Rising Ocean Temps Devastate Florida’s Coral Reefs

Florida Coral Reefs at Risk: Rising Ocean Temperatures Trigger Bleaching Threat

SAN JOSE – As summer approaches, Florida’s coral reefs face another perilous season of extreme heat, with water temperatures already reaching concerning levels. Last summer’s catastrophic bleaching event, driven by record high coastal waters, saw an unprecedented toll on the reefs. This year, scientists fear the situation may worsen, as water temperatures in the Florida Keys are already nearing dangerous thresholds.

Derek Manzello, a coral reef ecologist with the National Oceanic and Atmospheric Administration (NOAA), expressed his concern, stating, “It’s kinda crazy we are seeing these temperatures now. Before last year, we wouldn’t even think about it until August.” The early onset of high temperatures has prompted NOAA to issue its earliest ever coral bleaching watch, highlighting the urgency of the situation.

NOAA monitoring coral reefs.

The coral reefs, already struggling to recover from last summer’s heat, may not withstand back-to-back seasons of extreme temperatures. Last year, juvenile corals in underwater nurseries suffered significant losses, with an estimated half perishing. Corals begin to stress and expel the algae that give them their vibrant colors and essential nutrients when water temperatures reach a ‘bleaching threshold’ for a prolonged period, resulting in the corals turning a pale white.

Photo by: James Gilmour

Phanor Montoya-Maya, restoration program manager for the Coral Restoration Foundation, emphasized the ongoing challenges. His team continues to breed genetically diverse corals, which are more resilient to environmental changes. However, they have been on a voluntary coral planting hold since last June, awaiting more stable conditions.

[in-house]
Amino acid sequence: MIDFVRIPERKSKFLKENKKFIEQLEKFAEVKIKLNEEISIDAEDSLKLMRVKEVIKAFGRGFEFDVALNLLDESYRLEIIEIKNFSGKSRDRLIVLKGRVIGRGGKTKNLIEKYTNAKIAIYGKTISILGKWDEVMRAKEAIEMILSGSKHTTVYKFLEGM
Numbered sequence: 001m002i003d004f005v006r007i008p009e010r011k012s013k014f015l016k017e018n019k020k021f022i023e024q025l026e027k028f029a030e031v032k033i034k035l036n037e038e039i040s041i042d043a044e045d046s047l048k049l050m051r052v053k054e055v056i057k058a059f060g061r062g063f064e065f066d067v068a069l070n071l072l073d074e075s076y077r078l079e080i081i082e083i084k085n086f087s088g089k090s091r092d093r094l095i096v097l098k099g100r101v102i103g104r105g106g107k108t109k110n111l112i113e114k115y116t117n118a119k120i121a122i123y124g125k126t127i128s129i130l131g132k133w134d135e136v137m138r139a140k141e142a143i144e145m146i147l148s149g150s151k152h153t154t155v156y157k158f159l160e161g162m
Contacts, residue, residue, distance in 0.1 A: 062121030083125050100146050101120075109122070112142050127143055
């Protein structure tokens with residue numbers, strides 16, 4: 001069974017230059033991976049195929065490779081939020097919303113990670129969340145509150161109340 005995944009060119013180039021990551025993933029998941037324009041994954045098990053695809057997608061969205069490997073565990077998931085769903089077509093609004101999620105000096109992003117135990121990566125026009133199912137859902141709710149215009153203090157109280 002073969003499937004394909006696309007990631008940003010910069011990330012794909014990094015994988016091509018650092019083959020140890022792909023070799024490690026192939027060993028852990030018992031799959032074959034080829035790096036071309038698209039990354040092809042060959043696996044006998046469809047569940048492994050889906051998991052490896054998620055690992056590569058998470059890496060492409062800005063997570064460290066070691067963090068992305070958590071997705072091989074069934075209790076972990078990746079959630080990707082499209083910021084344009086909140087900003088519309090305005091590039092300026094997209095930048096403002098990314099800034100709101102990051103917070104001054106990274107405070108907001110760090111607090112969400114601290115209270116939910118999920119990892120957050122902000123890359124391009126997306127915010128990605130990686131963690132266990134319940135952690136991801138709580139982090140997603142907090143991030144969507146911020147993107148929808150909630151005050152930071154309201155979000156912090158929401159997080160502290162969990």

“We’re exploring options like moving corals to deeper waters or further north, where bleaching was less severe last year,” Montoya-Maya said. “But for now, we pretty much sit and wait to see how reality is going to turn out.”

Florida’s coral reefs are not alone in this struggle. Since February, over 60 countries have reported mass coral bleaching events, driven primarily by climate change. Human activities, such as burning fossil fuels, contribute to ocean warming and alter the water’s chemistry. Increased storms and rising sea levels further exacerbate the damage by depositing sediment on the reefs.

Manzello warned that if current trends continue, we could witness the most extensive global bleaching event on record. Despite these challenges, there are glimmers of hope. Popular reefs like Cheeca Rocks in the Keys have shown resilience. “Despite the high water temperature, everything looked good, the coral all looked healthy, there was minimal disease, virtually no bleaching,” said Allyson DeMerlis, a coral researcher for NOAA and Miami Rosenstiel School of Marine, Atmospheric, and Earth Science.

Photo by: John Turnbull

Recovery efforts are underway, with NOAA and the Coral Restoration Foundation leading the charge. They have been preparing for another difficult year since last November. These efforts are crucial, not only for the survival of Florida’s reefs but also for the global coral ecosystems that face similar threats.

As we await the unfolding of this year’s summer temperatures, the fate of Florida’s coral reefs hangs in the balance. The urgency to address climate change and implement sustainable practices has never been clearer. Our actions today will determine the future of these vital marine ecosystems.

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